In the fall of the 1965, CBS wasn’t about to let rival network NBC gain a monpoly on spy-oriented entertainment. But the Tiffany Network’s choice was a little unusual: it opted to air a spy show set in 1870s America.
The result, of course, was The Wild Wild West. That wasn’t always the planned title. The version of the show’s pilot shown to network executives was just called The Wild West. At one point, CBS was keen on 6-foot-3 Rory Calhoun to play Secret Service agent James West but ended up casting the much-shorter Robert Conrad. The memorable animated main titles depicted a tall, lanky James West, who seemed to more closely resemble Calhoun.
Versatile character actor Ross Martin got the
odd nod as fellow agent Artemus Gordon, a master of disguise who also dabbled in advanced science.
The show had a rocky first season, with no less than six men (Michael Garrison, Fred Freiberger, Collier Young, Philip Leacock, John Mantley and Gene L. Coon) getting either a producer or executive producer credit. Garrison produced the pilot (also taking the creator credit even though the pilot was written by Gilbert Ralston) and would retake command late in the first season. Garrison died during the second season, and Bruce Lansbury would see the show through the rest of its four-year run.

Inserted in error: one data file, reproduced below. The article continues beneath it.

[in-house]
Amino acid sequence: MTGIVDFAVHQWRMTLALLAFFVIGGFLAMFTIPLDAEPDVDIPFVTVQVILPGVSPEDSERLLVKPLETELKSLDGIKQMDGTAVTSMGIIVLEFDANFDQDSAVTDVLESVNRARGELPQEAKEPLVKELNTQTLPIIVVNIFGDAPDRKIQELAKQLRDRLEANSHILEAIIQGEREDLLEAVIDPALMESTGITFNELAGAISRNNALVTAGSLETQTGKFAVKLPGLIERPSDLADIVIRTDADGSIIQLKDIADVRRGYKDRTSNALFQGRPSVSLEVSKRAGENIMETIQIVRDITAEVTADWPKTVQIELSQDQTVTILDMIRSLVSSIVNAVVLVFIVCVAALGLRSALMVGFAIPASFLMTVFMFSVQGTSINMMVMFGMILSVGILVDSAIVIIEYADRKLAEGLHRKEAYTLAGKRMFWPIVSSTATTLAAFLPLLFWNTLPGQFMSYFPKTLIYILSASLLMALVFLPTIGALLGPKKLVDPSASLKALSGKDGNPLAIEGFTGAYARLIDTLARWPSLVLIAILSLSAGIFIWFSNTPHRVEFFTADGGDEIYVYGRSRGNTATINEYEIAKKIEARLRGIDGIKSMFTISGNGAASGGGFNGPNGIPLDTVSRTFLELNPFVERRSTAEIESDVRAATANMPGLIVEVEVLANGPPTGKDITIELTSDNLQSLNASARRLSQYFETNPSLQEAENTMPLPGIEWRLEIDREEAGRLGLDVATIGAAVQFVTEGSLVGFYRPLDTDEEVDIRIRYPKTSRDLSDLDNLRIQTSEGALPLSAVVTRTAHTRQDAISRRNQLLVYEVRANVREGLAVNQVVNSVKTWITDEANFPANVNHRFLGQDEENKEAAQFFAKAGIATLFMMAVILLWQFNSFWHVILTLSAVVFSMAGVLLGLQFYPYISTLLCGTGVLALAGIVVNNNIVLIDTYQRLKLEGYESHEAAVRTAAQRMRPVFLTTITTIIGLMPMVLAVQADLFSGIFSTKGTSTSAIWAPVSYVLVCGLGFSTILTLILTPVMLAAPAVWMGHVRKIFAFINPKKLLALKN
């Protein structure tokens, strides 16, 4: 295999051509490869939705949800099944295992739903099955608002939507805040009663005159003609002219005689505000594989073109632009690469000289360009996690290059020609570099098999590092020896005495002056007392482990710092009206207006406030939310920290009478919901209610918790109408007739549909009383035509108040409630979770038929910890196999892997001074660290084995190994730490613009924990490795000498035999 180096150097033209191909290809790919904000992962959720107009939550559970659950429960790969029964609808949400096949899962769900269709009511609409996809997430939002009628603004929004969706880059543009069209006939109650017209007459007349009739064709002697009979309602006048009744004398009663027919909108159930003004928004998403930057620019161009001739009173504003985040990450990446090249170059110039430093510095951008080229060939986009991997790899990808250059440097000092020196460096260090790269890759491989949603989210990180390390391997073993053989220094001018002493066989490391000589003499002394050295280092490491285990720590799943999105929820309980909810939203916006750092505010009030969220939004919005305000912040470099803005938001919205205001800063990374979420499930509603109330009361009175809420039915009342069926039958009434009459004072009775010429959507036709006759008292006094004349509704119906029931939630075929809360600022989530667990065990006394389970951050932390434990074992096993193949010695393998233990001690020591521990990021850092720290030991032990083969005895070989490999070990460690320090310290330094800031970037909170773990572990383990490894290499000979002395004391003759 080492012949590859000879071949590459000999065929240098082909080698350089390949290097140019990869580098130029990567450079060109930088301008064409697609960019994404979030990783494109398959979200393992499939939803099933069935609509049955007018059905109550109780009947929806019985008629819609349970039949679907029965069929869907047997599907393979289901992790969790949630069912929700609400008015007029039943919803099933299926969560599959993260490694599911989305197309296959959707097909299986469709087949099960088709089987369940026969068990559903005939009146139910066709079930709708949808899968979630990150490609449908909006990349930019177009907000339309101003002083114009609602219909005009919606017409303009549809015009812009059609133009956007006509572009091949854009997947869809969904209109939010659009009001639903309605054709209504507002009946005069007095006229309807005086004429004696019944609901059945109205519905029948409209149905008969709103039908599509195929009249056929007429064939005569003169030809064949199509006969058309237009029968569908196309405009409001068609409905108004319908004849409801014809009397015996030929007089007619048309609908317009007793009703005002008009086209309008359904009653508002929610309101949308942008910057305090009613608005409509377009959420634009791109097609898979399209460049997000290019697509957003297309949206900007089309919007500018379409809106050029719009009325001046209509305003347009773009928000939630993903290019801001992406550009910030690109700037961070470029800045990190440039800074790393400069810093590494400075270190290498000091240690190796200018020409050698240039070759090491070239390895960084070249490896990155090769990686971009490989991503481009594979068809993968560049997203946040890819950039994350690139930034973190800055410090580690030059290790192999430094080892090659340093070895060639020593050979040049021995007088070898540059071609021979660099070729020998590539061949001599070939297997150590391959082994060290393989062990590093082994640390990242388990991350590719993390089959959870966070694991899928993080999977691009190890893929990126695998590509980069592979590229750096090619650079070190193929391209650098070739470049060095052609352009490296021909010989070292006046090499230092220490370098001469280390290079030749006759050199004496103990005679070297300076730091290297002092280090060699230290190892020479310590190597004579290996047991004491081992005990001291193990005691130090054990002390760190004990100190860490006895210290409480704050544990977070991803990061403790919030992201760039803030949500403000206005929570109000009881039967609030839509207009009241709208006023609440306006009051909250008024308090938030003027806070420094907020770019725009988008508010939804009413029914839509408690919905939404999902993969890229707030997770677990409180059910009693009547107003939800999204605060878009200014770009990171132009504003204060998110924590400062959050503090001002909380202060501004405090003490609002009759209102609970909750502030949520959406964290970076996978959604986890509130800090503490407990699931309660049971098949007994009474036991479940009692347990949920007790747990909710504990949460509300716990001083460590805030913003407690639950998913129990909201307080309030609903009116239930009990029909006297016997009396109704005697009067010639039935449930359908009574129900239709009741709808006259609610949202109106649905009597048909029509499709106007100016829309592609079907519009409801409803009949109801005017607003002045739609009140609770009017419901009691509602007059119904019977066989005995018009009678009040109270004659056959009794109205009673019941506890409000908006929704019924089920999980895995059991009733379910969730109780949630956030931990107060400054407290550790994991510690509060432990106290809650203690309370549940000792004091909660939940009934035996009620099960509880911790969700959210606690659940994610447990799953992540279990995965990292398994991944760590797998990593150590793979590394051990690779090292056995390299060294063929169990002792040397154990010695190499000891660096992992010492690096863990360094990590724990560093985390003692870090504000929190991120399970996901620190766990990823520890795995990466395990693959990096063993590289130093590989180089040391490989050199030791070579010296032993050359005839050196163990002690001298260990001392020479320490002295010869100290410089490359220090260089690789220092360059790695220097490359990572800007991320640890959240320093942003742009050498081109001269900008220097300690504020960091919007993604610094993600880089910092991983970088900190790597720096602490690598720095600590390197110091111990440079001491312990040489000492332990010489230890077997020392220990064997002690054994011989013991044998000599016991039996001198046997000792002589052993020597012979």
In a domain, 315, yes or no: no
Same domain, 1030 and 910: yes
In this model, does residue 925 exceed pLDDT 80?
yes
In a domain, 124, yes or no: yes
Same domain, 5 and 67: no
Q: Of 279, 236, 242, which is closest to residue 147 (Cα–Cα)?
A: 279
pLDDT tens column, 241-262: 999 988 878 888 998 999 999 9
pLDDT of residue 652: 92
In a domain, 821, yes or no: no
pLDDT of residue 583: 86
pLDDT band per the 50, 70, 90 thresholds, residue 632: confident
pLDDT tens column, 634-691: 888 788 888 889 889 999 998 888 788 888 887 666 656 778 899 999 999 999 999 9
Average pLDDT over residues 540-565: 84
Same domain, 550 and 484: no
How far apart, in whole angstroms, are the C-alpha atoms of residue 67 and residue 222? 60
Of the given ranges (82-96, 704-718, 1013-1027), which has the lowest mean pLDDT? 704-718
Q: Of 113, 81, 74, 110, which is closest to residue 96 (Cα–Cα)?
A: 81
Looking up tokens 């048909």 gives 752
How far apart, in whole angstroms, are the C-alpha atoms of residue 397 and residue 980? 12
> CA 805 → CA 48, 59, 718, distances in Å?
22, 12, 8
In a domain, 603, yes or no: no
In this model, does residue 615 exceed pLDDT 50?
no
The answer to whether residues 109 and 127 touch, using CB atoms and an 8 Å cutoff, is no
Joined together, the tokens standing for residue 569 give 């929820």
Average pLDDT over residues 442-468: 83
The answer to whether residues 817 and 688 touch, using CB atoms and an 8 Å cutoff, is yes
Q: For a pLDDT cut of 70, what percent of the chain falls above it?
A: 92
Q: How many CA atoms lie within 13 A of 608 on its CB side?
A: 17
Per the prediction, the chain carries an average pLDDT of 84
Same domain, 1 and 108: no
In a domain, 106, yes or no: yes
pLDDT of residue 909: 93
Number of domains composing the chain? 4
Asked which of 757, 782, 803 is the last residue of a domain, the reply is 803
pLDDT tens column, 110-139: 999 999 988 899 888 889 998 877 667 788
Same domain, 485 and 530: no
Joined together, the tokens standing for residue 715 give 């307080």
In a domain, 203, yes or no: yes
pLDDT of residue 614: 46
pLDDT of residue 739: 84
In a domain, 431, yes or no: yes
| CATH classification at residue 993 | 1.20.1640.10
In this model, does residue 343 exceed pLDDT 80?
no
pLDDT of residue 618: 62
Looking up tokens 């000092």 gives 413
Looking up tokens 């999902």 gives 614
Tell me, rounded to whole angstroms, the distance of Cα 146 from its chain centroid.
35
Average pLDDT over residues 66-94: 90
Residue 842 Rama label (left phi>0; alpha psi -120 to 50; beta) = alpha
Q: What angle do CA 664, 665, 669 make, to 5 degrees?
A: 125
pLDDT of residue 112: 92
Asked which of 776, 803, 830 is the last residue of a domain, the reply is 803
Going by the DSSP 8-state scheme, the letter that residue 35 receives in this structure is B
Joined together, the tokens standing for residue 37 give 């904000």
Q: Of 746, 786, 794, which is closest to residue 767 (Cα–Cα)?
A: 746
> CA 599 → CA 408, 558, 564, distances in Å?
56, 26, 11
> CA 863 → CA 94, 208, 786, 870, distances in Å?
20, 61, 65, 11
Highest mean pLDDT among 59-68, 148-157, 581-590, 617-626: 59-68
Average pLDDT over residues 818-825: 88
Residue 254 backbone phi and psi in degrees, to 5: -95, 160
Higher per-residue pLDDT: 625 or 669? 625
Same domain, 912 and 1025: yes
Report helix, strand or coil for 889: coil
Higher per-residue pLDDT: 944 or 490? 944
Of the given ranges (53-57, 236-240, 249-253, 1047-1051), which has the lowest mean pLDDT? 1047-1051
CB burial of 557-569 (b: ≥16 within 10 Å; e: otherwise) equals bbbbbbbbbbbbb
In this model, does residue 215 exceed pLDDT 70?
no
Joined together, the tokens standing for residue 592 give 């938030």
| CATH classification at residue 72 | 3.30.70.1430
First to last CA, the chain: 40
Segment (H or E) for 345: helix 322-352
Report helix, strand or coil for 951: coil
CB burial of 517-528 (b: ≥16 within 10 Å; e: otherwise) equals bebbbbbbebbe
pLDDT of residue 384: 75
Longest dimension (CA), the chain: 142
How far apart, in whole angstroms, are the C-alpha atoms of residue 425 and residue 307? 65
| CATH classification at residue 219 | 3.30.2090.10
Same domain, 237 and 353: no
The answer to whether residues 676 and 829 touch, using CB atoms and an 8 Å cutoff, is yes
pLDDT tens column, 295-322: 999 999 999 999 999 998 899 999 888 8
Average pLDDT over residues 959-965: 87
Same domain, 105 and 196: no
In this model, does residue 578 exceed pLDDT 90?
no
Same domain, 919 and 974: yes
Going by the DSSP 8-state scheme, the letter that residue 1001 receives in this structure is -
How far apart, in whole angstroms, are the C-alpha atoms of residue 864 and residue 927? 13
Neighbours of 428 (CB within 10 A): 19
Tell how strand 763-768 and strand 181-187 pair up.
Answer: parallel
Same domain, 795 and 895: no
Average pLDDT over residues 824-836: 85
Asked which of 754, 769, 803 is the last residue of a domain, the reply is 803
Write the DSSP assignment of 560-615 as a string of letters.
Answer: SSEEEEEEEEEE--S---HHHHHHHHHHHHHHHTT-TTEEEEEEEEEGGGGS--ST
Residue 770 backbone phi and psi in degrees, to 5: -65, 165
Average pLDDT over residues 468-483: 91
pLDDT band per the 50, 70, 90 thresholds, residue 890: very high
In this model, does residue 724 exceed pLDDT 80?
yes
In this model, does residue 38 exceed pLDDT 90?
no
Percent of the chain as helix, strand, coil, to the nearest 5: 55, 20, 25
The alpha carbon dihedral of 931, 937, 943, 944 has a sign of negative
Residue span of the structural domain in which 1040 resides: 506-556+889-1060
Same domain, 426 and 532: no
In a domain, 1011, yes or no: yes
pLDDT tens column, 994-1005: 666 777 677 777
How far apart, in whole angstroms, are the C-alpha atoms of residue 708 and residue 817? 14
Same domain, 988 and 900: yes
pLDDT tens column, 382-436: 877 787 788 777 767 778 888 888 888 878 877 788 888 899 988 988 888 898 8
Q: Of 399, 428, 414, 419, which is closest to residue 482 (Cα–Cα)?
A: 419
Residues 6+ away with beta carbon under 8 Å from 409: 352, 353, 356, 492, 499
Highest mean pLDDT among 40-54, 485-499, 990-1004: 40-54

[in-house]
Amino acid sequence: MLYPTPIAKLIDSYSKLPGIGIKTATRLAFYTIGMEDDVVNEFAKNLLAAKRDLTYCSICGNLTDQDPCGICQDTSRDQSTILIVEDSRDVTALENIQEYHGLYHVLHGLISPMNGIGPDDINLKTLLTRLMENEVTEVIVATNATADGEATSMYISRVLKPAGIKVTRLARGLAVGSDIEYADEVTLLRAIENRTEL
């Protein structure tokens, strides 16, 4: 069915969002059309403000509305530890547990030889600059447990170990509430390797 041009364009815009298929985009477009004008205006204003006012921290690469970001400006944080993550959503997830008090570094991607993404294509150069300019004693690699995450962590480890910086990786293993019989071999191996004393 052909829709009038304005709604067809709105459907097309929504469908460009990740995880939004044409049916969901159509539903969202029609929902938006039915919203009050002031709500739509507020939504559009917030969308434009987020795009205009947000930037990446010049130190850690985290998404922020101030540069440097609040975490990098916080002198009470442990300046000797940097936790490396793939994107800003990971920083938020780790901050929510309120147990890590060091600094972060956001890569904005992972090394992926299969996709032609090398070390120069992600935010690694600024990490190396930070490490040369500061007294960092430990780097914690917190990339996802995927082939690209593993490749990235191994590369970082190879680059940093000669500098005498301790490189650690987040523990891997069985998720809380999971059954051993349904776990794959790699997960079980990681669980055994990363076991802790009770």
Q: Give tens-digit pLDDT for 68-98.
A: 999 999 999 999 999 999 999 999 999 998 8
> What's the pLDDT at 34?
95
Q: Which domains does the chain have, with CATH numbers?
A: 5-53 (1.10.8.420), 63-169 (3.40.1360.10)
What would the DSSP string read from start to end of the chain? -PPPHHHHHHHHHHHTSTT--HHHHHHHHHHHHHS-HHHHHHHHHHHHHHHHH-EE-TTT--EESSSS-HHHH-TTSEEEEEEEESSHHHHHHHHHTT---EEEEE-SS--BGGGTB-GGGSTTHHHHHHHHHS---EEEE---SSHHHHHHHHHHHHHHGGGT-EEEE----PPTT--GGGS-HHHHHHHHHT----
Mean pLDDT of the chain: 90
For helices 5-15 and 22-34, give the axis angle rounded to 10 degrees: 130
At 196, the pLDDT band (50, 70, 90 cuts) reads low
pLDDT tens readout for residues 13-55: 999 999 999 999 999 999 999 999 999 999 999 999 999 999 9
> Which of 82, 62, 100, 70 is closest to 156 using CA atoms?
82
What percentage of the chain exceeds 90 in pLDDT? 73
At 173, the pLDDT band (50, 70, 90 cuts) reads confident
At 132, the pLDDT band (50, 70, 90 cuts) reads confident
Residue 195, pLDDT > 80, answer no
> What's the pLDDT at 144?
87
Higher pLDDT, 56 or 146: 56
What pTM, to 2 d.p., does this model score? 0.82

HMSS has written before how the original series captured lightning in a bottle, something was extremely difficult to do with 1980 and 1981 TV movie revivals and a 1999 theatrical move.
Anyway, here’s a 1965 CBS promo for the series. That includes music from Richard Markowitz, who composed the show’s catchy theme but would be denied a credit for it (Markowitz would only get credits for individual episodes he scored). It’s followed by the “boxes” of the original verison of the pilot leading into commercial breaks:
Filed under: The Other Spies | Tagged: 45th anniversary of TV spy mania, Bruce Lansbury, CBS, Collier Young, Fred Freiberger, Gene L. Coon, John Mantley, Michael Garrison, Philip Leacock, Richard Markowitz, Robert Conrad, Rory Calhoun, Ross Martin, The Other Spies, The Wild Wild West, TV spy shows, TV spy shows start to take off |